TORONTO -- The Toronto Blue Jays punched their postseason ticket without taking the field, so the celebration will wait until Friday night.
"It was easy," interim manager John Schneider said jokingly Friday before Toronto hosted Boston. "It was a little weird. You become a Boston Red Sox fan for about three hours and then you turn it off. Definitely different, but no matter how you do it, doing it is the most important part."
Schneider said the Blue Jays plan to celebrate in the clubhouse together following the game against the Red Sox.
"We expect more, but we definitely need to enjoy this," Blue Jays shortstop Bo Bichette said.
Schneider started out watching Thursday's Orioles game on TV but, getting antsy in the late innings, decided to step out for a walk. That's what he was doing when his wife and two sons called from the family home in Florida, with wife Jess providing play-by-play of the final outs over FaceTime.
"She was pretty much spot on," Schneider said. "She even knew that Cedric Mullins had a hit through the shift."
Outfielder George Springer spent most of Thursday afternoon playing with his young son but tuned in to watch the end of the Orioles game.
"Weird, but awesome," he said of the experience. "It just allows you to breathe a little bit. Obviously, you might want to do it a bit of a different way but, at the end of the day, who cares? It's awesome to say that we're going to the playoffs no matter what."
Springer had previous experience clinching away from the ballpark. In 2018, Springer and the Houston Astros wrapped up the AL West when, hours after beating the Blue Jays in Toronto, Oakland lost to Seattle.
"It was like 3 in the morning," Springer said. "The whole team was sleeping."
The Blue Jays last reached the playoffs in the 60-game pandemic season of 2020, but there were no fans in the stands when they beat the New York Yankees in Buffalo, New York, home of Toronto's Triple-A team.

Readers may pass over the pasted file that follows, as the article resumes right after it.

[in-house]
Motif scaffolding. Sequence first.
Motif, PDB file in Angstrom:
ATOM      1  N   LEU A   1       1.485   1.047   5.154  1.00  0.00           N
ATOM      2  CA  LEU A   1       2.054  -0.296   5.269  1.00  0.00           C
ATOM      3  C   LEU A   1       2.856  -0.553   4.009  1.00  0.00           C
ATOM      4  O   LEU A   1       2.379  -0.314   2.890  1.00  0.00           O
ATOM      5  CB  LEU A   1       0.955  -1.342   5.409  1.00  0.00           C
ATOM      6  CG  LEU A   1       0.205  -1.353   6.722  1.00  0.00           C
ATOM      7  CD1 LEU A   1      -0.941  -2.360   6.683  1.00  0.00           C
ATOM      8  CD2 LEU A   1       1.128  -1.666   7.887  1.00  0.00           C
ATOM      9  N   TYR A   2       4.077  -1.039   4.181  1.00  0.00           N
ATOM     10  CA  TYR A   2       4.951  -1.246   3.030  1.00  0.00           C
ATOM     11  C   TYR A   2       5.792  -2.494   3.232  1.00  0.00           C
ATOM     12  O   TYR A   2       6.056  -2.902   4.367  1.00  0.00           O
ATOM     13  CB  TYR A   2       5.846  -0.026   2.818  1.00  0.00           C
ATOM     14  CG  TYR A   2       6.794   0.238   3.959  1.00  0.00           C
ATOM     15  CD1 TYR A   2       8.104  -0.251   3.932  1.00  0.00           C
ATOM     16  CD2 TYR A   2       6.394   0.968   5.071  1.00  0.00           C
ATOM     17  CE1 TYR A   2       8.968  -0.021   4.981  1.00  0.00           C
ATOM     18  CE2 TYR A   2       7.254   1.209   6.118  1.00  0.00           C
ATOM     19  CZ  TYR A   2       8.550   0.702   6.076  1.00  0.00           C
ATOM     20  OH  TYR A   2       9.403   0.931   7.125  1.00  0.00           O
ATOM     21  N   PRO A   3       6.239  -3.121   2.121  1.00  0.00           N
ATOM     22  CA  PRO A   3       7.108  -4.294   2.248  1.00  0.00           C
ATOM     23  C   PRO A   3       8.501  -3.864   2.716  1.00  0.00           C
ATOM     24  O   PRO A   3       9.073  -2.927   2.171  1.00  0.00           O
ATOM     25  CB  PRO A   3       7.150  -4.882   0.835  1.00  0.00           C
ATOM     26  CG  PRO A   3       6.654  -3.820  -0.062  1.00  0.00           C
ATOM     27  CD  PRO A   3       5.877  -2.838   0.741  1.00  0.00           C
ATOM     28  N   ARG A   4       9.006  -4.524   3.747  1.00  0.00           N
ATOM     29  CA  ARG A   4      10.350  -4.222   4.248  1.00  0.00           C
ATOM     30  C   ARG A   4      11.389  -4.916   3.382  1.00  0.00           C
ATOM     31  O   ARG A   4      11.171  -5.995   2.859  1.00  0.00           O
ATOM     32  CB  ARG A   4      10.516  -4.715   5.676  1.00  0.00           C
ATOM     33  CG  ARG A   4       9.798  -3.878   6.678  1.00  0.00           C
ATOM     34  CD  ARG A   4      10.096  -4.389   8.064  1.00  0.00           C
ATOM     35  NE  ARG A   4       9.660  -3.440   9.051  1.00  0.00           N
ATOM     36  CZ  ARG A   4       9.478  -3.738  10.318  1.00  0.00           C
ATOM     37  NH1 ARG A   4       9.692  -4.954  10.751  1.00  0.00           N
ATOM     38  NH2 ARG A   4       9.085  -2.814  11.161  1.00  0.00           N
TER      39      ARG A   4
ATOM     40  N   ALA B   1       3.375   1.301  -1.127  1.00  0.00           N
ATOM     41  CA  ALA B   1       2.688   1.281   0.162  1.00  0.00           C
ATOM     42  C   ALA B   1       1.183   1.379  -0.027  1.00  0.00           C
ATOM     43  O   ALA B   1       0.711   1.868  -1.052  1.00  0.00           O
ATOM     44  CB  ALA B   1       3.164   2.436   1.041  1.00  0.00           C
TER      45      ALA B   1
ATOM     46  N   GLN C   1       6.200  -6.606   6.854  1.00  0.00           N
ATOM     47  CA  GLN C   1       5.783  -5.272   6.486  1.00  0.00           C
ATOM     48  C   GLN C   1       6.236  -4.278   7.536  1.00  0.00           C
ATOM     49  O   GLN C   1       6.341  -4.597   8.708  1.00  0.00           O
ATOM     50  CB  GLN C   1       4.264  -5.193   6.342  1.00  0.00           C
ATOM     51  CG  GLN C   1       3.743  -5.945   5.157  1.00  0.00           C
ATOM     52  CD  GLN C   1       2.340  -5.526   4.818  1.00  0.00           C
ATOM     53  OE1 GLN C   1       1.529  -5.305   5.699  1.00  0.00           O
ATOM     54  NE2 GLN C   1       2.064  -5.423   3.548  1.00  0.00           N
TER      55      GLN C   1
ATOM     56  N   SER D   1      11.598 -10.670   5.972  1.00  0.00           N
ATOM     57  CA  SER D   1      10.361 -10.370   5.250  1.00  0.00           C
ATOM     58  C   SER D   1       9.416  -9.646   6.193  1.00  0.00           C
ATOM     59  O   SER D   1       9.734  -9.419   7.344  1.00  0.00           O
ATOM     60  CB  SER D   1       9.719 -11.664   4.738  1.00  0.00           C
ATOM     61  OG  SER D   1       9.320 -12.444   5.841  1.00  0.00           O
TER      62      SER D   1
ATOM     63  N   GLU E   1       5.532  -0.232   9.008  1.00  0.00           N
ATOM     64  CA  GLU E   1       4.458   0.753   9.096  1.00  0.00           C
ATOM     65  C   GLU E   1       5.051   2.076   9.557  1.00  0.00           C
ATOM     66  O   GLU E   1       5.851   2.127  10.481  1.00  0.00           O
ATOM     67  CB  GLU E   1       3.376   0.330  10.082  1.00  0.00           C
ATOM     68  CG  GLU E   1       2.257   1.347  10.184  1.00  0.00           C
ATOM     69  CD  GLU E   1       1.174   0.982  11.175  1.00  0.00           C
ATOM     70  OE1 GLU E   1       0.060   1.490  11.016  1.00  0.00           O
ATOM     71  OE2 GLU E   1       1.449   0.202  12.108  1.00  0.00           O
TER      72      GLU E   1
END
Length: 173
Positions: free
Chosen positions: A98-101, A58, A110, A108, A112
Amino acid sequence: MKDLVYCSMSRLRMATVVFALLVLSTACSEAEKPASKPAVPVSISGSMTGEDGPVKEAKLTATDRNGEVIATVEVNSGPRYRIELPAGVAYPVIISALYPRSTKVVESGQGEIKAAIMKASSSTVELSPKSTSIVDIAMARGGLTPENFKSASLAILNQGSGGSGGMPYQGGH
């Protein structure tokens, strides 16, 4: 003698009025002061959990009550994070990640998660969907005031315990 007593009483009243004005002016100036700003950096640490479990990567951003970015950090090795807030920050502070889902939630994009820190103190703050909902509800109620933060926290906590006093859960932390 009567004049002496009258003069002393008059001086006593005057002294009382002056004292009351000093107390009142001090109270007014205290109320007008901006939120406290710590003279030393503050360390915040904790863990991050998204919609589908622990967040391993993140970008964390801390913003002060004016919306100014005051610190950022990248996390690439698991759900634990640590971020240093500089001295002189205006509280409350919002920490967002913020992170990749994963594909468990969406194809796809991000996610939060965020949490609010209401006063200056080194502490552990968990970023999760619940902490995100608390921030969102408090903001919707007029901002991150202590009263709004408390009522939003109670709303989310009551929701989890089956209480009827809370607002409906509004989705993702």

Toronto split its 2021 season between three sites: its spring training stadium in Dunedin, Florida, Buffalo, and Toronto.
A crowd of approximately 45,000 people was expected at Rogers Centre on Friday.
"It's definitely different doing it in front of the fans and having had the fans through an entire season with us here at the park," Bichette said. "Definitely excited to enjoy it with them and hopefully finish strong so we have an opportunity to play in front of them."
Toronto (87-69) has six games remaining, three against the Red Sox and three in Baltimore. The Blue Jays lead the wild-card race ahead of Seattle (85-70) and Tampa Bay (85-71). The team that finishes atop the standings will host all three games of the wild-card playoff round.
"We have everything right in front of us, so the work does not stop," Schneider said.
Last season, the Blue Jays went 91-71 but finished one game out of a playoff spot, making this year's clinch all the more satisfying.
"It shows you that all the hard work, all the extra attention to the small things, it worked," Springer said. "Obviously, there's still a job to be done, but that's something to hold our heads up high and say we accomplished our goal, which was to make the postseason."